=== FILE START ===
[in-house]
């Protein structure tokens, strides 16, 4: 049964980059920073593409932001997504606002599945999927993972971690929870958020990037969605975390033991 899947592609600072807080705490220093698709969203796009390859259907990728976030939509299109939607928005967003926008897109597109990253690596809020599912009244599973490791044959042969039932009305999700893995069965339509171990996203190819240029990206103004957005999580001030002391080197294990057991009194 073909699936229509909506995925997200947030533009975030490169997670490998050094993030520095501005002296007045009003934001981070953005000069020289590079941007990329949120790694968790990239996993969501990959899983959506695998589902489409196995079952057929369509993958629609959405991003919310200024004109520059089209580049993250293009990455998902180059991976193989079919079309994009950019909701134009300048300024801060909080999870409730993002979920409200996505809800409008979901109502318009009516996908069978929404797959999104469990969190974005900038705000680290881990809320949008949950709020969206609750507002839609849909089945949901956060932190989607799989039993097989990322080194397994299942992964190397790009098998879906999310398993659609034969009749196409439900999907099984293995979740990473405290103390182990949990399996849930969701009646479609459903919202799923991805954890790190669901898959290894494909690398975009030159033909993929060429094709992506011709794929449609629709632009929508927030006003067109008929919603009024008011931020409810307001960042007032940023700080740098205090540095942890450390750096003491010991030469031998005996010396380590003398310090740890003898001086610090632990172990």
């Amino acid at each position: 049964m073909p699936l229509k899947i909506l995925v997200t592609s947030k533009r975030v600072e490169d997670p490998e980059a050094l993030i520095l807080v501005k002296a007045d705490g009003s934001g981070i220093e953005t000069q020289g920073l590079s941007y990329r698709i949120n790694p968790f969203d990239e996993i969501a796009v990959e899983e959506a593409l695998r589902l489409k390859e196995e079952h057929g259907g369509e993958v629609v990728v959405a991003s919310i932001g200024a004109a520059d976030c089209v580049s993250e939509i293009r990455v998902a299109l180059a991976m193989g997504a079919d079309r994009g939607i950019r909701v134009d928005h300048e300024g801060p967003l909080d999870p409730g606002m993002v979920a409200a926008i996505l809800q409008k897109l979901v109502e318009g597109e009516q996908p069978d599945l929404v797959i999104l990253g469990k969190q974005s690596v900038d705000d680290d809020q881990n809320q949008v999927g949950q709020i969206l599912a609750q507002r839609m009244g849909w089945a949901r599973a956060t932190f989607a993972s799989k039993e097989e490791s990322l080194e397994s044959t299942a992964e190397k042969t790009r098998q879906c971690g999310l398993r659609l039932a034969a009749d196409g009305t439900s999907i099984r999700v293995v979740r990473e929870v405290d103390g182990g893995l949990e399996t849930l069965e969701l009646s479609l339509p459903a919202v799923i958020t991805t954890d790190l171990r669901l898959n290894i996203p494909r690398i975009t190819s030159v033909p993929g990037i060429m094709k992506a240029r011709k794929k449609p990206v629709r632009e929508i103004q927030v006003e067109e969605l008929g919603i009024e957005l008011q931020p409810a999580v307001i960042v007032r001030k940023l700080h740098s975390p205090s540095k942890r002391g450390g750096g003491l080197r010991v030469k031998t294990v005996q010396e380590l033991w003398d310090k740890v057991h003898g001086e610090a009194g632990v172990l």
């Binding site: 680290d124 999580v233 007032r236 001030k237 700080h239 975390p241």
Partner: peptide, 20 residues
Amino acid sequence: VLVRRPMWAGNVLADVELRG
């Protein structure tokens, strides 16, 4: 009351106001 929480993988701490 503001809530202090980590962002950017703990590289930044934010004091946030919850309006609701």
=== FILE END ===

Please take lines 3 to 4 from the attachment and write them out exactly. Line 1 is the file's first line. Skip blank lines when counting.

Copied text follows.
């Amino acid at each position: 049964m073909p699936l229509k899947i909506l995925v997200t592609s947030k533009r975030v600072e490169d997670p490998e980059a050094l993030i520095l807080v501005k002296a007045d705490g009003s934001g981070i220093e953005t000069q020289g920073l590079s941007y990329r698709i949120n790694p968790f969203d990239e996993i969501a796009v990959e899983e959506a593409l695998r589902l489409k390859e196995e079952h057929g259907g369509e993958v629609v990728v959405a991003s919310i932001g200024a004109a520059d976030c089209v580049s993250e939509i293009r990455v998902a299109l180059a991976m193989g997504a079919d079309r994009g939607i950019r909701v134009d928005h300048e300024g801060p967003l909080d999870p409730g606002m993002v979920a409200a926008i996505l809800q409008k897109l979901v109502e318009g597109e009516q996908p069978d599945l929404v797959i999104l990253g469990k969190q974005s690596v900038d705000d680290d809020q881990n809320q949008v999927g949950q709020i969206l599912a609750q507002r839609m009244g849909w089945a949901r599973a956060t932190f989607a993972s799989k039993e097989e490791s990322l080194e397994s044959t299942a992964e190397k042969t790009r098998q879906c971690g999310l398993r659609l039932a034969a009749d196409g009305t439900s999907i099984r999700v293995v979740r990473e929870v405290d103390g182990g893995l949990e399996t849930l069965e969701l009646s479609l339509p459903a919202v799923i958020t991805t954890d790190l171990r669901l898959n290894i996203p494909r690398i975009t190819s030159v033909p993929g990037i060429m094709k992506a240029r011709k794929k449609p990206v629709r632009e929508i103004q927030v006003e067109e969605l008929g919603i009024e957005l008011q931020p409810a999580v307001i960042v007032r001030k940023l700080h740098s975390p205090s540095k942890r002391g450390g750096g003491l080197r010991v030469k031998t294990v005996q010396e380590l033991w003398d310090k740890v057991h003898g001086e610090a009194g632990v172990l």
């Binding site: 680290d124 999580v233 007032r236 001030k237 700080h239 975390p241």